For starters, baritone guitars are strung with guitar strings, with a scale-length usually measuring around 27”. Baritone guitars rarely utilise the standard guitar tuning; players generally tune the instrument a perfect fourth lower than a guitar (B E A D F# B), whereby the fifth-string baritone E is pitched the same as the sixth-string low E on guitar. This essentially means the baritone will give you slightly more low-end depth, but not a whole lot more.
The Bass VI, on the other hand, is strung with custom-made bass strings which are especially designed to fit the specifications of the instrument. The scale-length is around 30”, which is the same as short-scale four-strings such as the Mustang or Musicmaster. Its tuning is identical to an electric guitar, albeit an octave lower. This makes the Bass VI ideal for guitarists who wish to lend some lower-end frequencies to the mix, but aren’t too accustomed with the feel of a standard four-string bass. Keep in mind that the Bass VI’s strings are naturally a bit thicker than those on a guitar, so muting the strings you’re not playing is essential in ensuring those harmonic overtones don’t creep in.
Conversely, for four-string bassists looking to tackle the Bass VI, you may find the narrow string-spacings will take some getting used to. This also means that using a plectrum is probably the surest way of getting a nice, even tone from the instrument. The tension of the tuning pegs is significantly less than on your standard Precision or Jazz Bass, so a slow and steady tuning action will do the trick.
The beauty of the Bass VI is that it’s been used by both guitarists and bassists alike. In this 1968 clip of The Beatles performing a live rendition of ‘Hey Jude’, George Harrison can be seen playing the Fender Bass VI, while Paul McCartney weaves his magic on that glorious Bechstein upright piano. With John Lennon providing the rhythm guitar part, Harrison’s role on the Bass VI is simple: play the root note, and lock in with Ringo (as much as is feasible).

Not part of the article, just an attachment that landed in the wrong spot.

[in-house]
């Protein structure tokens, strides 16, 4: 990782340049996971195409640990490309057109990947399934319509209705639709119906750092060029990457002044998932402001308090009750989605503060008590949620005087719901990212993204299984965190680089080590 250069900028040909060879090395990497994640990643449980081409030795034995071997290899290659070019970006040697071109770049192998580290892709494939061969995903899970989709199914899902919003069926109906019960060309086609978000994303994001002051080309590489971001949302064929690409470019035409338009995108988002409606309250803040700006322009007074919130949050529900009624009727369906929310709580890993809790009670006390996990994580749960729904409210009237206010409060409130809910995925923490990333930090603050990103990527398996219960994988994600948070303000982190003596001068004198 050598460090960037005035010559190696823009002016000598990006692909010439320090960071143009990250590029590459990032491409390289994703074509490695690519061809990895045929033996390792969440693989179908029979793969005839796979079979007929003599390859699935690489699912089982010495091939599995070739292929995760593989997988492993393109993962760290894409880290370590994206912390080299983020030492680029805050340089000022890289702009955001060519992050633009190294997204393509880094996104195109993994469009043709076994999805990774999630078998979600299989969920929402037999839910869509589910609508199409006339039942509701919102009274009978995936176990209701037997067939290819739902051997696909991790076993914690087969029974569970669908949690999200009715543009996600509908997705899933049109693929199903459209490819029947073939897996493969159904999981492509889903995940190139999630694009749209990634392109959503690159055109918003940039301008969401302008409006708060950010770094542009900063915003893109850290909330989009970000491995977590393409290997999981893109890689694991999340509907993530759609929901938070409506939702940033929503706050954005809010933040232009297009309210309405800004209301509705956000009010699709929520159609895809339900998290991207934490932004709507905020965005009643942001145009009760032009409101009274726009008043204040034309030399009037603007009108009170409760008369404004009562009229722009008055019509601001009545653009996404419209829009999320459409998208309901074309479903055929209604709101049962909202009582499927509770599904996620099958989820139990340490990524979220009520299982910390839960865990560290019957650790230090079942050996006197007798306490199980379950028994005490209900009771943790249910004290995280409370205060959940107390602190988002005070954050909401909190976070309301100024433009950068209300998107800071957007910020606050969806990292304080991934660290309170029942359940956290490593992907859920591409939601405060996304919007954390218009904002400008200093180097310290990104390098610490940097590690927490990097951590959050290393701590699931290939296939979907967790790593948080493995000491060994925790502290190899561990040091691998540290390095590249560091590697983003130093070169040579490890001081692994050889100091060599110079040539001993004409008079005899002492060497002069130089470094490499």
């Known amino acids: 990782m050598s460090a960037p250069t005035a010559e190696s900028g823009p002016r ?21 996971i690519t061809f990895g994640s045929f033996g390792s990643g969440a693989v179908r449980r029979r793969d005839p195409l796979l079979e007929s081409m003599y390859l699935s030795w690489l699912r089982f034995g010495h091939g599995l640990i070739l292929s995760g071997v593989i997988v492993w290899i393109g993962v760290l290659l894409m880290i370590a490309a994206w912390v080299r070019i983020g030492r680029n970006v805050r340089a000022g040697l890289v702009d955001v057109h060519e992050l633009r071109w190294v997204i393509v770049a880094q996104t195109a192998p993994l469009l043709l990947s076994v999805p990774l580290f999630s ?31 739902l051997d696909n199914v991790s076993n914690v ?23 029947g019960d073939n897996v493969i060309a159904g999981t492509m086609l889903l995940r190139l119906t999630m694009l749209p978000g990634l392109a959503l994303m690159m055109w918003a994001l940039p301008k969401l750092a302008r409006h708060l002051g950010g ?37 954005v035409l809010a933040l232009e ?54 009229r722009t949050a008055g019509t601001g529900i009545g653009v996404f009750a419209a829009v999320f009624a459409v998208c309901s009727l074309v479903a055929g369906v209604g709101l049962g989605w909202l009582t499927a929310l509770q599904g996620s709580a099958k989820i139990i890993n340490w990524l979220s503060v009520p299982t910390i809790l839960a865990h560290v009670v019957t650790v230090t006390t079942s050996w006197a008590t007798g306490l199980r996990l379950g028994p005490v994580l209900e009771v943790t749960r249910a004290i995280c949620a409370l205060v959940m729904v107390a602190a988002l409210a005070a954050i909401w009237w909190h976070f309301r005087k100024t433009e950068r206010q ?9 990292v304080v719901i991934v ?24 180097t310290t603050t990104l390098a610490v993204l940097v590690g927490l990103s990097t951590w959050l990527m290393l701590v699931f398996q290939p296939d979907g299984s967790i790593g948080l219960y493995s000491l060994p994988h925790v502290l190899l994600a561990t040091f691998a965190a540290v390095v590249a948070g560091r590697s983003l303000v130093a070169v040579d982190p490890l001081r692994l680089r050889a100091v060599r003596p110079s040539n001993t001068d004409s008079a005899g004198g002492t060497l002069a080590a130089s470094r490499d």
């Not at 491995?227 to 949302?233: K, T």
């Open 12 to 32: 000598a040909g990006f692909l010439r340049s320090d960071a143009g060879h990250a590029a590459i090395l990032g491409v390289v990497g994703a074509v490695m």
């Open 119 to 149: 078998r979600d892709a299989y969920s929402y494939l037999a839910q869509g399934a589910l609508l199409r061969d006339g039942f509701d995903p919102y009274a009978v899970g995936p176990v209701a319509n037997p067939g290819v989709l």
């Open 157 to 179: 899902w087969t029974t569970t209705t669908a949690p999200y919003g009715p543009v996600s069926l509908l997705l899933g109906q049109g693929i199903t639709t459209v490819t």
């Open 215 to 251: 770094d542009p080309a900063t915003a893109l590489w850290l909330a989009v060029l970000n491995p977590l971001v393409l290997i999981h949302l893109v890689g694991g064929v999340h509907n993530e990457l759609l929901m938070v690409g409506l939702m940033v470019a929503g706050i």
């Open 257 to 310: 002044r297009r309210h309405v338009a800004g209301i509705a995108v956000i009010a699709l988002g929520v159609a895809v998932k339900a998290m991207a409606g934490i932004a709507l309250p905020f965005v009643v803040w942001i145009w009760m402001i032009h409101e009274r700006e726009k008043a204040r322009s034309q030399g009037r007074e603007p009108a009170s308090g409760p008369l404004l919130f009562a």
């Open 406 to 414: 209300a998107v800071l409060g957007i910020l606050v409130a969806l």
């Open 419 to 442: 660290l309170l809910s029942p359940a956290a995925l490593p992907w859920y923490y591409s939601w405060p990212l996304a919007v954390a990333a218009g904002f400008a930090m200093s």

Steve Kilbey of The Church has also handled the Fender Bass VI on occasion, with his typically growling, melodic bass timbre translating beautifully across to the instrument. On this 2013 live performance of ‘Ripple’, we hear the sonic fullness of the Bass VI cut through a sea of distortion and synths.
For those who fancy the odd zippy guitar solo, you’ll be happy to know that the Bass VI sounds absolutely wicked when shredded. This clip from the mid-‘60s shows a guitar duel between the immensely gifted Glen Campbell and Phil Baugh, with the latter donning a Fender Bass VI. Campbell – arguably one of the first ever guitar shredders – picks every note with that lightning-quick right hand, while Baugh well and truly holds his own with some roving bass runs.
One of the most remarkable things about the Bass VI is its ability to bring something unique to the table: from ‘60s rockabilly jams to ‘80s gothic rock, the inclusion of the Bass VI always makes for intriguing listening. The Cure frontman Robert Smith has often employed the six-string bass, which features heavily on their 1989 number ‘Pictures Of You’. Smith’s playing complements the driving four-string work of Simon Gallup on this chilling 2019 live performance.
Some of you may still be wondering: “How can something that looks more like an electric guitar sound anything like a bass?” I’ll let former Red Hot Chili Peppers linchpin Josh Klinghoffer take care of this one. Throughout this 2011 live set in Cologne, a visibly upbeat Flea makes his way over to the piano; here, he proceeds to tear through a Bach Invention, as well as a snippet of Bird’s ‘Billie’s Bounce’. All the while, Klinghoffer is setting up his Bass VI, running it through Flea’s trusty Gallien-Krueger rig. The ensuing sound is a robust, low-end growl that only the Bass VI can conjure.
Rediscover the talent of these seminal indie rock bassists.